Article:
The Best National Parks You Can Take Your Dog To

Nation­al Parks have been called America’s Best Idea, but they’ve got an unfor­tu­nate rep­u­ta­tion as not always the friend­liest places to bring man’s best friend. Still, with an annu­al atten­dance exceed­ing some 305 mil­lion human vis­i­tors, dog own­ers could be for­giv­en for want­i­ng to run with the pack and enjoy the mul­ti­tude of nat­ur­al expe­ri­ences the Nation­al Park Ser­vice has to offer. We’ve round­ed up details on six pop­u­lar Nation­al Parks where your four-foot­ed friends are wel­come to join you.

Olympic Nation­al Park, WA
Dogs on leash­es no longer than six feet are wel­come to enjoy the camp­grounds and pic­nic areas through­out gor­geous Olympic Nation­al Park. The most chal­leng­ing of these is the 20-mile Spruce Rail­road Trail, an out-and-back style hike along Lake Cres­cent. Peabody Creek Trail is just under five miles of out-and-back trail that fol­lows and cross­es the creek via log bridges that are stur­dier than they look. Madi­son Falls Trail, on the oth­er hand, is an easy tenth of a mile with a paved walk-in to a love­ly lit­tle water­fall. Water-lov­ing pups can enjoy the south­ern ocean­front beach­es between the Hoh and Quin­ault Indi­an Reser­va­tions, as long as you’re mind­ful of the tide, and along the half-mile stretch between Rial­to Beach and Ellen Creek dur­ing day­light hours.

Aca­dia Nation­al Park, ME
First things first: watch this adorable video fea­tur­ing dog­go Bark Ranger Drift, who’s more than hap­py to teach humans the best things about being a dog in a Nation­al Park. As Drift points out, you’ll want to keep your pets leashed (six feet max­i­mum) to decrease their chances of an unfor­tu­nate encounter with local wildlife. You’re wel­come to hike with them on any of the park’s 140+ miles of trails and car­riage roads that aren’t specif­i­cal­ly restrict­ed or rec­om­mend­ed for the four-legged com­pan­ions, includ­ing hikes that rely on lad­ders, such as the 3.3‑mile Lad­der Trail Loop. Black­woods, Sea­wall, and Schood­ic Woods camp­grounds all wel­come pets, so you can overnight in the park with your bestie.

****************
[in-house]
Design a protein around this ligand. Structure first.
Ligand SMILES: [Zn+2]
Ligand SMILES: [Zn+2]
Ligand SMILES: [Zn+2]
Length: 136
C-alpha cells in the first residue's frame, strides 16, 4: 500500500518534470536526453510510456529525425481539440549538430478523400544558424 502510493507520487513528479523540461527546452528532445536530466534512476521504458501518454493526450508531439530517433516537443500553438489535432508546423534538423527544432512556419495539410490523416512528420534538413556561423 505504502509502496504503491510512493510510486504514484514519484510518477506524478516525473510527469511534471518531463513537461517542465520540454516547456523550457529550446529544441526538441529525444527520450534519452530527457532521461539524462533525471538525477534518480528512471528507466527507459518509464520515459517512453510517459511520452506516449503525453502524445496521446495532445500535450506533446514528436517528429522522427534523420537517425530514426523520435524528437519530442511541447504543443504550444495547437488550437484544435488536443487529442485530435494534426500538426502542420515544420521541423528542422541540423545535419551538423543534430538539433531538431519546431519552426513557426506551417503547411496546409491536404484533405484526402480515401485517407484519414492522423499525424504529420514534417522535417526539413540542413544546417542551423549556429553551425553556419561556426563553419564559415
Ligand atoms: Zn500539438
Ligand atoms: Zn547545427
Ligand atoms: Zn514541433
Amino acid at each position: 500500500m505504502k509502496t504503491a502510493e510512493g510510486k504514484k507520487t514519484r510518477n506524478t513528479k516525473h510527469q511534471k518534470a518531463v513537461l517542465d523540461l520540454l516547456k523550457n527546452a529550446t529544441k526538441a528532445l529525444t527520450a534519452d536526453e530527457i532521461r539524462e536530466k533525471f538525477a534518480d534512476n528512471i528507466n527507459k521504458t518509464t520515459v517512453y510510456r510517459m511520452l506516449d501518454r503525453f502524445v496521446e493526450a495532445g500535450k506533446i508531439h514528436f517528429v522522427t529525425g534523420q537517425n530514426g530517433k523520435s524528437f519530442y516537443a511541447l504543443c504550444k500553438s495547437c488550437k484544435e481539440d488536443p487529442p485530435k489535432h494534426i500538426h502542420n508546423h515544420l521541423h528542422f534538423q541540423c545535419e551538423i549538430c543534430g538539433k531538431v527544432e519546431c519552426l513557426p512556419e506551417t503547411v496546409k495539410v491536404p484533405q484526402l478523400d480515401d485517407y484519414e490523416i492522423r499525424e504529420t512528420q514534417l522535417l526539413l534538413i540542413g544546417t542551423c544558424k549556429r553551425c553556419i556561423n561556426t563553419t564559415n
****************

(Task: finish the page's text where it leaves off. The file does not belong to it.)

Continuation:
Glac­i­er Nation­al Park, MT
Like the oth­er Nation­al Parks on this list, Glac­i­er wel­comes wag­ging tails basi­cal­ly any­where you can bring a car: in devel­oped areas includ­ing its twelve front coun­try camp­grounds, along roads, in park­ing lots, and its numer­ous estab­lished pic­nic sites. What makes Glac­i­er stand out from the pack is that it also per­mits dogs on boats in lakes—so if your boat can go, your pooch can too! Once you’ve got your boat launch per­mit, take your pick of the pub­lic launch­es avail­able at McDon­ald Lake, Bow­man Lake, Saint Mary Lake, or Two Med­i­cine Lake. The risk of hypother­mia from these glacial lakes (and park reg­u­la­tions) means dogs can’t get in the water, though.

Grand Canyon Nation­al Park, AZ
Every dog loves a good hole in the ground, so why not treat your dog to the best hole in the ground? The Grand Canyon is a true mir­a­cle of nature, and the South Rim offers loads of oppor­tu­ni­ties for you and your pup to explore togeth­er. Math­er Camp­ground to the west and Desert View Camp­ground to the east both per­mit pets. You can take them hik­ing on lead on any of the named trails above the rim, includ­ing the majes­tic 12.8‑mile Rim Trail that skirts the canyon’s rim from Hermit’s Rest to the South Kaibab Trailhead.

Note: there are many oth­er parks (state & nation­al) that allow dogs, some with stricter rules, so be sure to check out the Nation­al Park Ser­vice site for updat­ed lists on guidelines.